As to their own behavior, wild chiltepines are a fickle lot. They camouflage themselves and hide deep beneath the thorny canopies of hackberry bushes and mesquite trees, daring us to come after them and shed some blood. Exasperated, some Sonorans have tried to take them out of the wild and domesticate them. They have tried to cultivate them in drip-irrigated, laser-leveled fields, but they have had little luck taking the wildness out of this chile. In the US Southwest, the great demand among Chicanos for their unique flavor has created a market scarcity of the chiltepin. This has pushed prices up above $65 per kilo in mercados on both sides of the border.
The difference in flavor and kick between the wild chiltepin and its domesticated brethren is much like the difference between Sonora and the rest of Mexico. Perhaps it is the potency of the desert itself that is expressed in the terroir of the chiltepin. Or maybe that potency is because it is truly a food of the borderland–verdaderamente de la frontera–a place so filled with environmental, political and mythical juxtapositions that it has fire-forged certain inimitable characteristics in the Sonoran psyche. A disproportionate number of Mexico's revolutionaries, rebels, presidents, dissidents and saints have come from el estado de Sonora, a state of mind as much as a geographic one. No doubt, they were all eaters of the chiltepin, a food that the inimitable Dr. AndrewWeil once declared to be psychotropic. Perhaps in Sonora, you are really not what but where you eat.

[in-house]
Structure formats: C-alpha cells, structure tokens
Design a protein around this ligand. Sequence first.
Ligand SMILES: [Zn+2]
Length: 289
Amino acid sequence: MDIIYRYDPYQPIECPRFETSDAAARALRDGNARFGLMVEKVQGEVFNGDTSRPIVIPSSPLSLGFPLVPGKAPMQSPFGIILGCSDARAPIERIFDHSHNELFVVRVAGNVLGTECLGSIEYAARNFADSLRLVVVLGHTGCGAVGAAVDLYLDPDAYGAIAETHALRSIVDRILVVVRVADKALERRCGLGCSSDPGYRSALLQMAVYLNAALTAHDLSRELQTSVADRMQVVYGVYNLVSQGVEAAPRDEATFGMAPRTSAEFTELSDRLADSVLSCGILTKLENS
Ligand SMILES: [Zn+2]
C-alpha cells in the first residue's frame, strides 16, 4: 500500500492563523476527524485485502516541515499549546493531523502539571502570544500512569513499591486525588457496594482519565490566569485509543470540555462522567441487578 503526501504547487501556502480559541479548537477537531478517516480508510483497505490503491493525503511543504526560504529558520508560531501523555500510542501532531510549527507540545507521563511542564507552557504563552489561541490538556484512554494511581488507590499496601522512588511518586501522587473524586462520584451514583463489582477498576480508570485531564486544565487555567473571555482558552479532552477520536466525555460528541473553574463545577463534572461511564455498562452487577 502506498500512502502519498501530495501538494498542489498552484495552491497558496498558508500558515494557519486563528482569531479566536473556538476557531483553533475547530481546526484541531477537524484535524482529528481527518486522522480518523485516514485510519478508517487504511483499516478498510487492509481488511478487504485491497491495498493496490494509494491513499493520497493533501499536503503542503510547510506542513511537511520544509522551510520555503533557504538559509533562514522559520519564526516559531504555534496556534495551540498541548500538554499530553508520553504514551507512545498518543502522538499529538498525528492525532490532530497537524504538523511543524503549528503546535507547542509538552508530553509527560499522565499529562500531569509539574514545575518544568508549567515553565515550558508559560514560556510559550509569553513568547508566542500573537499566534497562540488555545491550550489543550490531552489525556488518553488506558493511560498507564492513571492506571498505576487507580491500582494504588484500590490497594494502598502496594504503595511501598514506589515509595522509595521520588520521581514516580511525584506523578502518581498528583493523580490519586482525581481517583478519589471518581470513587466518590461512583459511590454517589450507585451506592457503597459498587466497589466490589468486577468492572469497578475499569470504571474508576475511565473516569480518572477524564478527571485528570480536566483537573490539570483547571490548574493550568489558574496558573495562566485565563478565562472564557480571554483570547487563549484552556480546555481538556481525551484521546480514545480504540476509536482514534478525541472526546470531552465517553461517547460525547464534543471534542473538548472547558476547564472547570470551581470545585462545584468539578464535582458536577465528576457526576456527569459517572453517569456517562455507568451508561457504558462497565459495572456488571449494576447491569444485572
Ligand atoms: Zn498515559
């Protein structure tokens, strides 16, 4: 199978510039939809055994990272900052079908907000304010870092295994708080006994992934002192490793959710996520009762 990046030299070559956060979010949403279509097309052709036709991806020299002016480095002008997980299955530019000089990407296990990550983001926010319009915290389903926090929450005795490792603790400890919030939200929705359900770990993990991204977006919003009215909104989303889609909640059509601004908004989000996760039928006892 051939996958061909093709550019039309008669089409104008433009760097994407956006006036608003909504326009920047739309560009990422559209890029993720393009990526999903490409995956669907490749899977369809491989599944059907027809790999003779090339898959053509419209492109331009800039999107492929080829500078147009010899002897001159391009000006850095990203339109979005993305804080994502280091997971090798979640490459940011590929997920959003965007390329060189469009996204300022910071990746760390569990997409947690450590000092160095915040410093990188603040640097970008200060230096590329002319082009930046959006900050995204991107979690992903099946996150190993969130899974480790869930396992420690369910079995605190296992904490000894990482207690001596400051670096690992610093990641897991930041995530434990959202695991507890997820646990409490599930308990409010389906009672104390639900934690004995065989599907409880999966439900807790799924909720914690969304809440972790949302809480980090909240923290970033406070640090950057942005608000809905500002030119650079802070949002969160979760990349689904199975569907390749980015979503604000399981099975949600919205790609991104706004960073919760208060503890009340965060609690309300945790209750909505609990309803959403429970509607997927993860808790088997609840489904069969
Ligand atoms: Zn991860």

The chiltepin is small but as fierce as the desert sun blazing on a summer day. Compared with other, bigger, but watereddown versions of peppers, it packs a terrific punch of pungency per unit ounce. And yet its fire quickly burns out; you are left with a lingering taste of minerals, the thirsty desert earth itself.
It is remarkable that the chiltepin remains one of few wild foods harvested in North America that grosses well over a million dollars in the international marketplace in a good year, for the chiltepin crop is very vulnerable to the vagaries of a harsh and variable climate. For us, Sonora's stressed-out patches of wild peppers were the perfect place to make our first "landing" of our spice odyssey.
And so we careened off the highway pavement and into the desert's dust, where a dozen roadside stands presented themselves on the edge of a Sonoran farming village named Tacícuri. That term is an ancient Pima Indian word for the wild pig-like peccaries known in the Sonoran Desert as javelina. Yes, there were still plenty of javelina, rattlesnakes and Gila monsters in these parts, but that was not why we slid to a halt before this makeshift marketplace. It was the stunning sight of those six-foot-long strings of red-hot chile peppers that suggested chiltepines might be hidden nearby.